Published: August 7, 2014
FORT RUCKER, Ala. (August 7, 2014) -- The Army Tuition Assistance program is designed to help Soldiers achieve their higher-education goals, but major changes are coming to the program that each Soldier needs to know about.
The changes coming to TA will go in effect Sept. 6 and pertain to reimbursement criteria, fees and TA requests, said Henry Eagle, supervisory education services specialist for Army Education Services.
One of the first major changes is the reimbursement criteria for non-successful course completion, said Eagle.
When using TA, Soldiers must maintain a grade-level of C or higher for undergraduate courses, a B or higher for graduate courses and a pass for pass/fail courses, he said. If a student is not able to maintain the required grade, then that Soldier is responsible to pay back the amount of the class.
“What the Army is doing is saying that Soldiers have to work harder if they’re going to pick up the tab for that course,” said Eagle. “If you slack off and get a D, then you’re going to have to pay that money back.”
In the instance that a Soldier does not meet the required grade, he or she will be notified that the money will be recouped within 30 days. There is flexibility in regards to how the Soldier can pay the money back, said Eagle. It can be taken out of the Soldier’s pay check in one lump sum or spread out in that 30-day period.
Another change is that no fees, including supporting instructional fees, will be paid using TA, he said. TA will only cover actual cost of tuition.
“This can include lab fees, technology fees and things like that,” said Eagle. “Those fees are all going to have to be covered by the Soldier.”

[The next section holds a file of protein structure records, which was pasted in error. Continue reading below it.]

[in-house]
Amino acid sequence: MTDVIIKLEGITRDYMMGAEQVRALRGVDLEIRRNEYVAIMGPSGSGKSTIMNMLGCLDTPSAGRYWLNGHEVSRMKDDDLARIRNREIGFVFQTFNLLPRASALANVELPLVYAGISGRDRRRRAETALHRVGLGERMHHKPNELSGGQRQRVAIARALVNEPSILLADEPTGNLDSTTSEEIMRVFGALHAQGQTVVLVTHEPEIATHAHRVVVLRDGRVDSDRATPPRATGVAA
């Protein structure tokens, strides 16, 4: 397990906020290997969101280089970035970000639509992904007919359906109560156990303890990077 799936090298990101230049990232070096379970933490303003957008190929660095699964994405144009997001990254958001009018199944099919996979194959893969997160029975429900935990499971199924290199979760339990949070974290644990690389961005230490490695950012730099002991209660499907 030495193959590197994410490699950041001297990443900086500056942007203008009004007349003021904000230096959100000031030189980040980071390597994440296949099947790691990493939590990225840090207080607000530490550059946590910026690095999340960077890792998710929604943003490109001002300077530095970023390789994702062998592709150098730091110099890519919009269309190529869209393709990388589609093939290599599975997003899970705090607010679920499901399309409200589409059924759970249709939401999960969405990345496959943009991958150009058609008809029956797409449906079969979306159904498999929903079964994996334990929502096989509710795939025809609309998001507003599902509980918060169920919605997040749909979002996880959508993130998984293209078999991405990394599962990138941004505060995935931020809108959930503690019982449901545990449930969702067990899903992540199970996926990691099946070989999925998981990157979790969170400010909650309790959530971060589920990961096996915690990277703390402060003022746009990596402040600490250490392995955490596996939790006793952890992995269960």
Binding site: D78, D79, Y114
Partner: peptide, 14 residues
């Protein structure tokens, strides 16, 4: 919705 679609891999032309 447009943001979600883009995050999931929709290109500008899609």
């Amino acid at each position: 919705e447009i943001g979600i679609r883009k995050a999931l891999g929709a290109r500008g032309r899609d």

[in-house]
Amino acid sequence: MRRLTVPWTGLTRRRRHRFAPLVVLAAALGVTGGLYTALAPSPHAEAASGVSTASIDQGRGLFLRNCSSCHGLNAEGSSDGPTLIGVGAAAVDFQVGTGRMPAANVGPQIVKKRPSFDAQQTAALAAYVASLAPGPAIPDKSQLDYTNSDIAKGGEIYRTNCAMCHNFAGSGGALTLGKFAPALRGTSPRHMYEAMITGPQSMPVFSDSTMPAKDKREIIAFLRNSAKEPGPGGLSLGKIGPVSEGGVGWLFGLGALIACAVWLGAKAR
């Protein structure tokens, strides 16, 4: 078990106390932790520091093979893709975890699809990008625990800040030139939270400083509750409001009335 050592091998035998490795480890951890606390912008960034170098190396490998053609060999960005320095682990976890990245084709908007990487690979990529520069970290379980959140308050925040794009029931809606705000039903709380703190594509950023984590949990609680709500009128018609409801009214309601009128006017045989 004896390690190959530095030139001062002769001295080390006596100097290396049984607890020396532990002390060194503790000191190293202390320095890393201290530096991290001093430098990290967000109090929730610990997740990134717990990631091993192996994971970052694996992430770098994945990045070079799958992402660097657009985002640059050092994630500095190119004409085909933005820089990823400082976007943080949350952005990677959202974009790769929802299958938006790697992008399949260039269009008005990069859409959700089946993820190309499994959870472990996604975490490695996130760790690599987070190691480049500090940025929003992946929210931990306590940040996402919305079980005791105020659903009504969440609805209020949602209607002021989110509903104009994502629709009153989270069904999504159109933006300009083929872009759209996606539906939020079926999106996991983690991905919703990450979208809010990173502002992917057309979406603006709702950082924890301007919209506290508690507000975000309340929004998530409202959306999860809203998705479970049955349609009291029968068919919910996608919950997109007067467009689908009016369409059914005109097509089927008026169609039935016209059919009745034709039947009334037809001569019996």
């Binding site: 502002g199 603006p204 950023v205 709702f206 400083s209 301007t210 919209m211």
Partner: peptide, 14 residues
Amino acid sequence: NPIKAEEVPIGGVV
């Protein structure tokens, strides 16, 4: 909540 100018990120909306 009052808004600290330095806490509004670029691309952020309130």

The last major change pertaining to Soldiers is that TA requests must be approved before the start date of the class.
“Soldiers should request TA at least 10 days prior to the course start date to allow sufficient time for education personnel to approve the request,” he said, “especially for those Soldiers attending schools that do no upload their course catalogue into GoArmyEd.”
GoArmyEd is the Army’s website that acts as a gateway for all Soldiers who are eligible to request tuition assistance can do so online.
Soldiers must create an account with GoArmyEd, which also allows Soldiers to manage their education records, including college classes, testing, on-duty classes and Army Education Counselor support, according to goarmyed.com.
Once a Soldier gets an account set up, to be eligible for TA the Soldier must choose an approved, accredited college that is in the GoArmyEd’s system, and it must be for a degree plan that meets the requirements for the Soldier’s future objectives.
For more information, visit www.goarmyed.com.
Eagle added that TA requests submitted less than 10 days prior to the course start date may not get approved and will not be considered for a TA exception to policy.
Other changes that took effect earlier in the year include changes to the number of semester hours a Soldier is allowed to use for TA in a fiscal year.
Soldiers are now limited to 16 semester-hours per fiscal year, and the maximum amount TA will pay is $250 per semester hour, said Eagle.
Also, there is a one-year grace period after a Soldier completes basic training and advanced individual training that Soldiers must wait before they are allowed to apply for TA.
“This was put in place by Army leadership because they don’t want Soldiers focused on getting their college degree as soon as they hit the ground in their unit,” said Eagle. “We want Soldiers to gain experience and be focused on what they need to do to become a Soldier in the career field that they’re in.”
All of the changes tie into the Soldier for Life program, said Eagle, which looks at the entire career continuum for a Soldier.
“In the first year, Soldiers can focus on their job, then after that year they can start working on college,” he said. “They’ll want to start working on college early because they will only be allotted those 16 semester hours each year, which allows the Soldier to stretch out their schooling and focus on their job in the Army, as well.”
This article was originally published at http://www.army.mil/article/131380/
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